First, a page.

Lawmakers moving toward payment caps for insulin and other drugs
Joining a handful of other states, the Connecticut legislature appears likely to make capping or controlling prescription drug prices a top target in the 2020 legislative session slated to begin next month.
Sen. Matt Lesser, D-Middletown, co-chairman of the legislature’s insurance committee, said the cost of and access to insulin, the main drug used to treat diabetes, will be of particular concern.
“We’re hoping that we’re going to make this a real big issue that the legislature can come together to bring pocketbook relief to families,” Lesser said.
Insulin, which diabetics need because their bodies don’t make it adequately, can cost upwards of $1,000 per month. Last March, one of the companies that dominates the insulin market, Eli Lilly, pledged to distribute a generic form of Humalog, its brand name, $300-per-vial insulin, at half the price.
A broad health cost reform package failed last year in the General Assembly, without coming to a vote, in part because of opposition from health insurers in Connecticut, chiefly Cigna. Details or proposals for 2020 are still coming together.
But a survey conducted by the offices of U.S. Sens. Richard Blumenthal, D-Conn., and Elizabeth Warren, D-Mass., found the generic was not available in 83 percent of pharmacies. Many pharmacists were unaware of, or not adequately informing their customers, about the availability of the lower-cost alternative.
The high cost of the life-saving drug has made headlines for years as some diabetics attempt to ration their costly prescription only to succumb to the disease.
“Obviously I think the federal government needs to act, but in the interim, putting some big ticket health reforms at the state level will set the ground for federal reform,” Lesser said. “It’s something that both red states and blue states are dealing with, and our big models are actions by Republican governors in Florida and Massachusetts.”
In October, Massachusetts Gov. Charlie Baker put forward a bill that would require all providers and insurers to boost spending in primary care and behavioral health, penalize excessive drug price increases and limit surprise emergency billing.
In June, Florida Gov. Ron DeSantis signed legislation authorizing the state to import prescription drugs from Canada and other countries, potentially lowering the cost. Vermont was the first state in the country to enact a drug importation law.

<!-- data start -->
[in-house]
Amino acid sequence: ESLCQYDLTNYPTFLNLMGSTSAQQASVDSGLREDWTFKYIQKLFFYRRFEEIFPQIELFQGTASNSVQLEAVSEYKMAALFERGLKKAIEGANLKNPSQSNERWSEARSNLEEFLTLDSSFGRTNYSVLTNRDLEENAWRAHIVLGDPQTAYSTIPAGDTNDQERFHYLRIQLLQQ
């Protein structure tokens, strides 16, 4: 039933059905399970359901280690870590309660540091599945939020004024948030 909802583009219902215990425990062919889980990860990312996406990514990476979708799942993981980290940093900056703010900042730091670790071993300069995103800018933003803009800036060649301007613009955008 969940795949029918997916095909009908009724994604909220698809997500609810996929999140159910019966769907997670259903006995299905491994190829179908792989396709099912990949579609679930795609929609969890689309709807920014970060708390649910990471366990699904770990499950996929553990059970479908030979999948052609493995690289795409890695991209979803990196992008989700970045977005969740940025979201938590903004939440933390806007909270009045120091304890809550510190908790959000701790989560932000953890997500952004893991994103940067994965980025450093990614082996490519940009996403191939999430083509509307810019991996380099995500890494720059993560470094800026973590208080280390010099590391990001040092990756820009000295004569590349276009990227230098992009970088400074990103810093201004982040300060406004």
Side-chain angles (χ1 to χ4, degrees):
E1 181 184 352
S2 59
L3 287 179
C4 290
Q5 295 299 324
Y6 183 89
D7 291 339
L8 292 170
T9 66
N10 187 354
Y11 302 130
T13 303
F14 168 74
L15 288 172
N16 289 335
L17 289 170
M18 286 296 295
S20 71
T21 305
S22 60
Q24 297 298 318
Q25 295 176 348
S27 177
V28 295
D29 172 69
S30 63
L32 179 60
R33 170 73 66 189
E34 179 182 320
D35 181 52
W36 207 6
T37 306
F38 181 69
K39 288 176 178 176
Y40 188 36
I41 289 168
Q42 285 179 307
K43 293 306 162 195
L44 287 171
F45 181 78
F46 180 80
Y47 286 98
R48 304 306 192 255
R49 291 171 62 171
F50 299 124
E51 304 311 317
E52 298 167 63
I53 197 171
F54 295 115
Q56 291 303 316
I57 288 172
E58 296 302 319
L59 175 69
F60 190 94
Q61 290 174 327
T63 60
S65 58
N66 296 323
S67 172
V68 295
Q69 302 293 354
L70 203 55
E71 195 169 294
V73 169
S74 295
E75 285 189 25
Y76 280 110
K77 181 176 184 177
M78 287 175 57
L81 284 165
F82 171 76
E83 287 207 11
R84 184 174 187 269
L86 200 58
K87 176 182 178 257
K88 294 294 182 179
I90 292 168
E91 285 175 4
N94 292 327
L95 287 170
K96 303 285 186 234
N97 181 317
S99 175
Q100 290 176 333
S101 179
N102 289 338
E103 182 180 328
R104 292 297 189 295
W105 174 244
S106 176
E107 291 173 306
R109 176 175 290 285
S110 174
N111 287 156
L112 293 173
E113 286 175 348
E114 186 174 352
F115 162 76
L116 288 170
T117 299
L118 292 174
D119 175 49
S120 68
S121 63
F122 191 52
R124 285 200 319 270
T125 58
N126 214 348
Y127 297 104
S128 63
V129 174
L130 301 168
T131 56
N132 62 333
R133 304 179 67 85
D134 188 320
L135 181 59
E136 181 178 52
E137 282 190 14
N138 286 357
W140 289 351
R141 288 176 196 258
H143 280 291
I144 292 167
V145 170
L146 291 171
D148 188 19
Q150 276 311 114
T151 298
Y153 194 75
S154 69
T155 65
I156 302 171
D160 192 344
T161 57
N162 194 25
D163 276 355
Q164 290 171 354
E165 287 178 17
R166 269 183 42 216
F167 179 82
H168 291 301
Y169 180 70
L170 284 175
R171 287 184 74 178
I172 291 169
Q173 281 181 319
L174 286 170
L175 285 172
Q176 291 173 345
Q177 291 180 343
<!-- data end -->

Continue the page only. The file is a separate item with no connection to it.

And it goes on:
Colorado Gov. Jared Polis signed a similar bill in May and that state also became the first to cap insulin co-pays, regardless of how much insulin a patient uses, at $100 per month. The law, signed by Polis in May, also enlists the Colorado attorney general to investigate the rising prices of insulin in the state and to make recommendations back to the legislature.
Though such an importation law would require federal approval, the Trump Administration, along with the U.S. Department of Health and Human Services and the U.S. Food and Drug Administration, issued a notice of proposed rulemaking in December that, if finalized, would allow for the importation of certain prescription drugs from Canada.
“We are looking to work with the Administration and looking at what other states are doing to address this,” Lesser said. “Not only are prescription drug prices increasingly unaffordable for families. But they’re also a big budget buster for the state as well.”
Drug cost reform is not just a priority for Lesser, for whom the issue is personal — he has severe food allergies and carries an EpiPen — but for the entire Senate Democratic caucus, which will finalize its list of priorities in the coming days. Lesser also said he and his insurance committee co-chairman, Rep. Sean Scanlon, D-Guilford, are working with advocacy groups such as AARP and JDRF, the largest nonprofit funder of type 1 diabetes research, as well as Republican legislators to address the issue this year.
“We do intend a number of public health and health insurance reforms,” said Senate President Martin Looney, D-New Haven. “Dealing with tackling the cost of prescription drug prices in Connecticut, and closely related to that, looking at what two other states have done ... to cap the price of insulin and made it so people can get insulin in an emergency. It’s a priority because it’s something that we hear about from our constituents.”
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